How to Choose the Right Nanny
Finding the right nanny for your family requires patience and perseverance. Remember that one of the most important factors in choosing a nanny is finding a candidate that fits in well with your family. Evaluating your family’s needs and preferences provides essential information for hiring the right caregiver.
Things to Consider
- Does the nanny seem to really love and connect with children? Does she/he love being a nanny?
- Does the nanny communicate well with the children? Does she/he use appropriate language and get down on their eye level? Do the children respond well to the nanny?
- Can the nanny clearly describe a philosophy on discipline? Is it consistent with your own views?
- Is the nanny trained in Infant/Child First Aid and CPR? Is she/he knowledgeable concerning children’s health issues including common childhood illnesses?
- Doe the nanny demonstrate an understanding of children’s developmental stages, especially the stages your children are in and are moving toward?
- Can the nanny give examples of age-appropriate activities that she or he will do with your children? Do these activities meet the emotional, social, intellectual, and physical needs of your children? Can the nanny outline a typical day’s schedule for you that will meet these needs?
- Does the nanny have relevant child care experience?
- Will the nanny follow your parenting guidelines? Will you respect and appreciate her professional opinions?
- Can the nanny address the safety issues that are involved with caring for your children?
- Can the nanny provide the kind of atmosphere you want your children to be in on a daily basis?
- Does the nanny have the ability to plan and prepare nutritious, balanced snacks and meals?
- Is the nanny reliable, responsible, nurturing, and professional? Does the nanny display the kind of maturity needed to do the job you are asking of her/him?
- Do you match expectations in regards to salary, hours, job duties, and other basics?
- Has there been a complete background and employment screening on the nanny? This should include a criminal background check, driving record check, reference screenings, and sexual offender registry searches as well as any other screenings needed for that particular nanny.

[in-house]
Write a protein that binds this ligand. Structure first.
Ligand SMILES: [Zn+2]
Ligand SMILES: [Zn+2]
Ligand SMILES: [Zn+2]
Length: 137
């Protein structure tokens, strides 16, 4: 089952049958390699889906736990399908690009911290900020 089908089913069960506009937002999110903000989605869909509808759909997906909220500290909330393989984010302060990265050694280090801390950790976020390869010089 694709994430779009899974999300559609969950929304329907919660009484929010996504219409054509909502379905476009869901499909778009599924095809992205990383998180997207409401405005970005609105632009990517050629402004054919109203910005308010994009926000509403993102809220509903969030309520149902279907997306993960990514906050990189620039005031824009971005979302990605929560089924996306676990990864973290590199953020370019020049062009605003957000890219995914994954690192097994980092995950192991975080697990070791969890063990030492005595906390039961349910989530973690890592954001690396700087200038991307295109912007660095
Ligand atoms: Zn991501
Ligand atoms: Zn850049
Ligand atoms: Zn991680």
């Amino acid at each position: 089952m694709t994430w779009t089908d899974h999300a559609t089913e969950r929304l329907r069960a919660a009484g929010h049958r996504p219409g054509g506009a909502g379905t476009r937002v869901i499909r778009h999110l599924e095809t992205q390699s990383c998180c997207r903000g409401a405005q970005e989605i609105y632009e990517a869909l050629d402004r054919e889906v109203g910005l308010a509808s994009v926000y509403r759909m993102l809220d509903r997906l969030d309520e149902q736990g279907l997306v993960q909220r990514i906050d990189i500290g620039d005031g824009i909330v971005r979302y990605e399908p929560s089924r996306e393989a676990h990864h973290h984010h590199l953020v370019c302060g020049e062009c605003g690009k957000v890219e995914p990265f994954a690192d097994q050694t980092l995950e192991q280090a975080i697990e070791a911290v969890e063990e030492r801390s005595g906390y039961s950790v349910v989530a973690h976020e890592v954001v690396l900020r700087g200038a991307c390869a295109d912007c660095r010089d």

- Have you disclosed all relevant information to the nanny about your family and what you are looking for in a caregiver? Does the nanny seem comfortable with all that you have shared?
Now that you have found a qualified candidate, you need to make sure she/he matches your family as closely as possible in the following areas…
- your family’s level of organization and neatness
- the level of involvement you need in the children’s schedule and activities
- your need for flexibility
- both the nanny’s and your family’s need for privacy
- sense of humor
- communication style
- In general, do you feel comfortable with each other?
Trust your instincts. The nanny and family relationship is key to long-term, consistent childcare. Don’t underestimate the importance of good chemistry. Keep searching until you find a candidate that “feels right”.
Looking for a business to help you in your nanny search or other related services such as taxes, training, or developing a nanny/family work agreement?
- Sample contract #1 – Nanny Work Agreement (PDF)
- Sample contract #2 – Child Care Agreement (word doc)
- Sample contract #3 – Nanny Work Agreement (Word doc)
- Sample contract #4 – Nanny Live-Out (PDF)